On the record the same thing occurs with this singer as in live performance: she gives the feeling that she has no trouble opening her throat and her lungs to linger on a note that others would have a tough time lengthening and maintaining. “The fact is, I always get muscle cramps because in order not to hurt my throat, I press my legs together, especially the left one and also my arms. And I always end up with a backache”. She says that in her formative years she resisted the theory, and that from vocal technique she learned to adapt it to her style. “Warming up for example, is essential for me. And not speaking all day before a concert, resting the voice, sleeping well and drinking lots of water. Technique is very good if you adapt it to your own ways because if not, you can sound like a robot”.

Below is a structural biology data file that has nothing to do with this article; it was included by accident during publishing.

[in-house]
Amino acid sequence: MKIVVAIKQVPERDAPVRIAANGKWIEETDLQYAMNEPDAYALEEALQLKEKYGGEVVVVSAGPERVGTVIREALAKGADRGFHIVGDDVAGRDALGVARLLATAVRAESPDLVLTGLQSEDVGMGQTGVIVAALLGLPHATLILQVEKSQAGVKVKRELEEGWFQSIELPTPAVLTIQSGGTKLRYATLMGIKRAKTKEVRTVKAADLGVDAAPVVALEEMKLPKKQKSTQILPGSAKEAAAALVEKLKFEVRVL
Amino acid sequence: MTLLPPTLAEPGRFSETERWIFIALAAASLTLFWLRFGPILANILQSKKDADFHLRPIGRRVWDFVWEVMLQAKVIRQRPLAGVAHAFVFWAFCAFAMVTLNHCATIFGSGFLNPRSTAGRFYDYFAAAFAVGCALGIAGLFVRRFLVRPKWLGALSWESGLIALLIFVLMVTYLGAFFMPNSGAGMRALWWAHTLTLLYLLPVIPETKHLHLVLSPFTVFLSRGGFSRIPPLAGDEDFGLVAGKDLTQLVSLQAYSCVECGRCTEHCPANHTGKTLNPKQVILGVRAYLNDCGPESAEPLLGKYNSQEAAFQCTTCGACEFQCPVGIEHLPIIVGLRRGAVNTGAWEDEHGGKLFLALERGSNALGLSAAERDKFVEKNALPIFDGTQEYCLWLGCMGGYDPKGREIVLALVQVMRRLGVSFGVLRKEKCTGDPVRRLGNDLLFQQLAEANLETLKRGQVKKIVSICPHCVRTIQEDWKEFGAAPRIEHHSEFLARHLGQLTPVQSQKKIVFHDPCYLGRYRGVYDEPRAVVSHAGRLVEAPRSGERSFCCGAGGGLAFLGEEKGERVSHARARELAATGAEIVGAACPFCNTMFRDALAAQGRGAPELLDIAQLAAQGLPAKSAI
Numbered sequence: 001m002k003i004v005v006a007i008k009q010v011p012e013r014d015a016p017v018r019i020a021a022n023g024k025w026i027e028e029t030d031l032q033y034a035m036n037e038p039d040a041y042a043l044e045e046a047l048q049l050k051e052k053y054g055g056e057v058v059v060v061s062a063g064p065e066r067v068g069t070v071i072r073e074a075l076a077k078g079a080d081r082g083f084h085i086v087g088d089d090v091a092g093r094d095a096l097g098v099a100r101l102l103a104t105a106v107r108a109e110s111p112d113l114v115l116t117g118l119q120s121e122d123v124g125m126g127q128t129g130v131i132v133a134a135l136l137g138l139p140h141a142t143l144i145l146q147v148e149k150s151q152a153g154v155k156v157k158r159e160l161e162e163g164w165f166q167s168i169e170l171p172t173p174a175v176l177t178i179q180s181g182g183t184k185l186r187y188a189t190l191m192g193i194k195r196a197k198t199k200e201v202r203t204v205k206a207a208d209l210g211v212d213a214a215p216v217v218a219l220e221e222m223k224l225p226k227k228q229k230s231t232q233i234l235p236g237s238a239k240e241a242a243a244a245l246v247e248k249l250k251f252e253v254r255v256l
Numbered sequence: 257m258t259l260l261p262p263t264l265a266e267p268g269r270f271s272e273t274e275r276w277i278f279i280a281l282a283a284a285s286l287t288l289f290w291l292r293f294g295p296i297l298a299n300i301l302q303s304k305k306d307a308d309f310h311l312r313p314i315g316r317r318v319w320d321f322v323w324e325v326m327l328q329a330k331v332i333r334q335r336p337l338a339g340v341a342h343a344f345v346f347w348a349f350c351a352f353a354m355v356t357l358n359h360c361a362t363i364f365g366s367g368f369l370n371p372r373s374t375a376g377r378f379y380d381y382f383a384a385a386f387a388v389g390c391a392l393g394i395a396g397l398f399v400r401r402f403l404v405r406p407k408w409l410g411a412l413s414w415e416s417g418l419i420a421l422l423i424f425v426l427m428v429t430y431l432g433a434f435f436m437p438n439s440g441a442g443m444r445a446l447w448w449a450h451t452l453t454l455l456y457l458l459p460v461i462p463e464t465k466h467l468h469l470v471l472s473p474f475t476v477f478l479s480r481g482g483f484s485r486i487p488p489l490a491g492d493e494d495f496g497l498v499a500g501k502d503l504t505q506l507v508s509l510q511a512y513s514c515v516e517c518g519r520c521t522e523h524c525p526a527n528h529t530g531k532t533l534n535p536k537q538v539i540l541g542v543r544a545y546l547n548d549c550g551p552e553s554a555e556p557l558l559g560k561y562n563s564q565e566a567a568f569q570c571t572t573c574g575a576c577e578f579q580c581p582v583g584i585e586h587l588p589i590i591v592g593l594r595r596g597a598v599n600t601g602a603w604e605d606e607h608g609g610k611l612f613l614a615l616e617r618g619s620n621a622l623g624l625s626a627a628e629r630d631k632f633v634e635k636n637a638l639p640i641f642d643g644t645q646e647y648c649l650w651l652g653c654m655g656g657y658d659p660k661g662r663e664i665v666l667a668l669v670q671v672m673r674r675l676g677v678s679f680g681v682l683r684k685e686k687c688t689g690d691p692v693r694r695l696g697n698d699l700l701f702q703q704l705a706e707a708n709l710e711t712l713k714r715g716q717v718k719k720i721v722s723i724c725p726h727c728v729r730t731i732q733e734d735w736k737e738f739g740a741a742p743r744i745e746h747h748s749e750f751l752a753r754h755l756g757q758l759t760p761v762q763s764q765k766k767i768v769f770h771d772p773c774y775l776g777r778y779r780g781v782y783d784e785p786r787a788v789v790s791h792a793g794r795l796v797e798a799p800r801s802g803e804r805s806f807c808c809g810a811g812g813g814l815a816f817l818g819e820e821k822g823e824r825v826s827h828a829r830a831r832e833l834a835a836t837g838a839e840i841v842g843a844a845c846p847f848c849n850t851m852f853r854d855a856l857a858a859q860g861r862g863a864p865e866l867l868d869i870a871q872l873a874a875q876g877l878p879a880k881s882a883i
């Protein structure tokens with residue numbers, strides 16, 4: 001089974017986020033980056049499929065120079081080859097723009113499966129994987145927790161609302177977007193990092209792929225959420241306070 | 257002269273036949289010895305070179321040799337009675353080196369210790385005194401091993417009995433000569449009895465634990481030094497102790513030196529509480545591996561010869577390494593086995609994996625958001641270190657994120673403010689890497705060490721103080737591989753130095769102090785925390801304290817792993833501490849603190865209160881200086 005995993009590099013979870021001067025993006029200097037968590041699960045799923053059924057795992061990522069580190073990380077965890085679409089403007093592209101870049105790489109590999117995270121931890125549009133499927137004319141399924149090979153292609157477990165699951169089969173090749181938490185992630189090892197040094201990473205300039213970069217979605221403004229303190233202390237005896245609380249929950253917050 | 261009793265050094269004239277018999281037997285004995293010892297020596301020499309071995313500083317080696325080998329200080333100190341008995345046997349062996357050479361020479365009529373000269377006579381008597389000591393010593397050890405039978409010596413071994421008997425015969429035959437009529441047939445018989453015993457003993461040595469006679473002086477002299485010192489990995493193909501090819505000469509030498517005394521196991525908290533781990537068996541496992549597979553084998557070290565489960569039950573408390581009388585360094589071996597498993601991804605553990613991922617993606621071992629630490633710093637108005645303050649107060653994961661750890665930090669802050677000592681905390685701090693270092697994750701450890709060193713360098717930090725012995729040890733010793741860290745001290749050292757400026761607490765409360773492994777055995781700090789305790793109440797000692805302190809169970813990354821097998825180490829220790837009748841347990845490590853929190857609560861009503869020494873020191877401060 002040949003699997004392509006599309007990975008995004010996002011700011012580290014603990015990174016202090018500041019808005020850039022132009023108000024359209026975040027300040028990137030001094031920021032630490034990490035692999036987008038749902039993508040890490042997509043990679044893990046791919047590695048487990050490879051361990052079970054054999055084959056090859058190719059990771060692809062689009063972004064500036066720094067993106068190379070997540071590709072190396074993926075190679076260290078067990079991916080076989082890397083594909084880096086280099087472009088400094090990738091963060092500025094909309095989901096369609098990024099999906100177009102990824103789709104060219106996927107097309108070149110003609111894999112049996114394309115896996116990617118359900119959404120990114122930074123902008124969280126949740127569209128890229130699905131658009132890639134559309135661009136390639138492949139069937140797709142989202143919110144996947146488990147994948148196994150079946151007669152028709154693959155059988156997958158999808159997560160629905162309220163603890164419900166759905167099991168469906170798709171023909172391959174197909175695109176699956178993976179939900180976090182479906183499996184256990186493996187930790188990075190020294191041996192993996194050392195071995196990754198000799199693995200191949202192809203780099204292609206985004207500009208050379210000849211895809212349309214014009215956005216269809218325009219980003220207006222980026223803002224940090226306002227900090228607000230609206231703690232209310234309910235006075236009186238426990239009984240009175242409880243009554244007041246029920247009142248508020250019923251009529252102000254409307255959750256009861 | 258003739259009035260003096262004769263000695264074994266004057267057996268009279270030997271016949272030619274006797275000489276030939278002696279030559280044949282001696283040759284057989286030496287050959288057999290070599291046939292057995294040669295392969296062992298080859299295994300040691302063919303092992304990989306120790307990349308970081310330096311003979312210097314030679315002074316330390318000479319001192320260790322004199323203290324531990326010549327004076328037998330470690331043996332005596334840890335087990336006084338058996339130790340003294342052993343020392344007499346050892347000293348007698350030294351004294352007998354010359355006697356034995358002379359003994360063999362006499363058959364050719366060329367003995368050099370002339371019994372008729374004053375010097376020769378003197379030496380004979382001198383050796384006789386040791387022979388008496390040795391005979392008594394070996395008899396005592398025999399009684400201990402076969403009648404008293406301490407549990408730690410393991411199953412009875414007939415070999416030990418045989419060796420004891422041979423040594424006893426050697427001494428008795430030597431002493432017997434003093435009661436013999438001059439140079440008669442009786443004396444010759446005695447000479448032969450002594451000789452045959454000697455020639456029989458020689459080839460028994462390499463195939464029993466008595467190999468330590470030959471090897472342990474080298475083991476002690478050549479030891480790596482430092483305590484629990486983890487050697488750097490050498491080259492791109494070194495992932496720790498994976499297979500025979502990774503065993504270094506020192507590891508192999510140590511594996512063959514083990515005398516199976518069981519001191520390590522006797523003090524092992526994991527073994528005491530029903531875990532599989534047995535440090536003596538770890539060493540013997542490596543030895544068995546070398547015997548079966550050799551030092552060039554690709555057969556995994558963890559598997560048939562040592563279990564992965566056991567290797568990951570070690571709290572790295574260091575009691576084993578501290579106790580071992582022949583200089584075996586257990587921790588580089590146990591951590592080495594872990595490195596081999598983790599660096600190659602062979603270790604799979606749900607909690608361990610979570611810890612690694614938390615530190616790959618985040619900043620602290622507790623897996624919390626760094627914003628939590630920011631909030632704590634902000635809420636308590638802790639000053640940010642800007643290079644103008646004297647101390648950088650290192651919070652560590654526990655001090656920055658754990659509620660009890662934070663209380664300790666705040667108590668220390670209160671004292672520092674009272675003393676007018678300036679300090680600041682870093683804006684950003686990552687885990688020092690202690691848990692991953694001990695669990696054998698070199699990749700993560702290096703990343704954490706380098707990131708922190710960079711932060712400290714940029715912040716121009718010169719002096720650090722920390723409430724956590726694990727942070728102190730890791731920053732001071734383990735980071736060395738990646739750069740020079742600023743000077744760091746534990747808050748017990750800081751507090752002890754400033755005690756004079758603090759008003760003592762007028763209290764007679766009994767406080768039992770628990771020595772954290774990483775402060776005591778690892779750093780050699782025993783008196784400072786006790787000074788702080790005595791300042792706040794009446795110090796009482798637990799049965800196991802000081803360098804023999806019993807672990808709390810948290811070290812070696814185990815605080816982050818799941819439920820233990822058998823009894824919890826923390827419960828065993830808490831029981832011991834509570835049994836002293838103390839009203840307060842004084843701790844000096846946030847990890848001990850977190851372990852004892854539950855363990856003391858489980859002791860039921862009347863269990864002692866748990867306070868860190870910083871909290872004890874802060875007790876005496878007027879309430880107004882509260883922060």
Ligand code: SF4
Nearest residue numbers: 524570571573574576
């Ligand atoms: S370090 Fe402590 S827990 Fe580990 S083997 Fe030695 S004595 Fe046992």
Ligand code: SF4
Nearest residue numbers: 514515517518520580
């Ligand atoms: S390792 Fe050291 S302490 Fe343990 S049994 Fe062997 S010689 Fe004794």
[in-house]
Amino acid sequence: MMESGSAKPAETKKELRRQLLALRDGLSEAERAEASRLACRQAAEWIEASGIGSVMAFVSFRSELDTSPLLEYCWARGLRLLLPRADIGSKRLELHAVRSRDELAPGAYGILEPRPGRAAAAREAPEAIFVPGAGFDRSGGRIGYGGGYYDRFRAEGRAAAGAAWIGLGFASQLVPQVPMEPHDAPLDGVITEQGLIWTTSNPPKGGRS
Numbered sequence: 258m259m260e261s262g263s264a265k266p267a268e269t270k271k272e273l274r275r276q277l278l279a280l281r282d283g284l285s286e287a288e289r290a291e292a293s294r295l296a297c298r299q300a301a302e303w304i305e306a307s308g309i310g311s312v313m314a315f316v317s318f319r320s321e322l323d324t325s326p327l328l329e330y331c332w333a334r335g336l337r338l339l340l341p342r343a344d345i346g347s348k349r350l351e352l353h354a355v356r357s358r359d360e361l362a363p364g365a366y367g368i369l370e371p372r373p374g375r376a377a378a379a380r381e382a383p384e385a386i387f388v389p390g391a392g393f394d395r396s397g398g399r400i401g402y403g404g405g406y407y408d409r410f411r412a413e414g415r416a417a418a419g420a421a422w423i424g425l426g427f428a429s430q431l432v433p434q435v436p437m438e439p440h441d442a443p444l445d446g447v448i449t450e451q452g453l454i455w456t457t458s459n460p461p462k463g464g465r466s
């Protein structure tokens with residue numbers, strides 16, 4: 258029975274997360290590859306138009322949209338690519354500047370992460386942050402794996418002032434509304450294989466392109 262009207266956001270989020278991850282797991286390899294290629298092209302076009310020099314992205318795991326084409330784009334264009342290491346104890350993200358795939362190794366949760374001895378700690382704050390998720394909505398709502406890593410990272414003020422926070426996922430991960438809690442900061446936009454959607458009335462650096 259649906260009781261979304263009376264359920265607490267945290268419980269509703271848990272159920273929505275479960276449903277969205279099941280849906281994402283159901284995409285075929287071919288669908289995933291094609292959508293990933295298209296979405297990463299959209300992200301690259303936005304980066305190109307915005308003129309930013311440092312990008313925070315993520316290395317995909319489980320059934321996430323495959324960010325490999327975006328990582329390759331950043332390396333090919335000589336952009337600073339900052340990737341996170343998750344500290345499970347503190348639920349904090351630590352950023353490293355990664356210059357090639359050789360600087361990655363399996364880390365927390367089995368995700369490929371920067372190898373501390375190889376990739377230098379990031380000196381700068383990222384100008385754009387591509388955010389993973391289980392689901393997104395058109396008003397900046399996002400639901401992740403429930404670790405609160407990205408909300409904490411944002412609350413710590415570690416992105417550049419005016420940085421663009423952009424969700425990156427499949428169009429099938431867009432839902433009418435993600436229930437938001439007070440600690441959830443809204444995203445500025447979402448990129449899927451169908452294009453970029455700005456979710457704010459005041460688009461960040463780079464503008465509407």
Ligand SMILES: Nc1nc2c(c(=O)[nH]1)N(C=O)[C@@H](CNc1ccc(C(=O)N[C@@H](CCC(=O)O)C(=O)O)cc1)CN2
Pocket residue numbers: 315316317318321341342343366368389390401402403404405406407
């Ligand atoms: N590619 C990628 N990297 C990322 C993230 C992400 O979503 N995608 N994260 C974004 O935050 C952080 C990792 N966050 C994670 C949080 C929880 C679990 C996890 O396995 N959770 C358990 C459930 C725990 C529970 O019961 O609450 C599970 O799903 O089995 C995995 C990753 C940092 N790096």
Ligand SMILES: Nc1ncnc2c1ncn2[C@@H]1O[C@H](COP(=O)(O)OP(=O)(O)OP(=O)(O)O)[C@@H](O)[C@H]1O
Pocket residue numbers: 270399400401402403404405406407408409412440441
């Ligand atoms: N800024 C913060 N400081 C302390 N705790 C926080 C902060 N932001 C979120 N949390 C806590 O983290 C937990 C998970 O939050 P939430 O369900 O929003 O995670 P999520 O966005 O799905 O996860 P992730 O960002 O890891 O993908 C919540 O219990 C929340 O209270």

She says that when she listens to recordings of herself from several years ago, it sounds like a little girl with a high voice. “Bolita says my voice is getting lower, and I think so too. Don’t they always say that until the age of 40 the voice isn’t really formed? Well, mine is beginning to form, I notice it”.
On the new record there is also a fado to which Argentina gives a flamenco touch that goes down well. “It’s the music I like along with flamenco. I also do an Argentine tango because these are musical forms that attract me, from simple people, because they hold truth and meaning. For me, it’s easier to move in that territory”. She claims that aside from that earthy music, she has always liked Mariah Carey and Whitney Houston, female voices that, like hers, are characterized by power, a good ear and command of the high notes.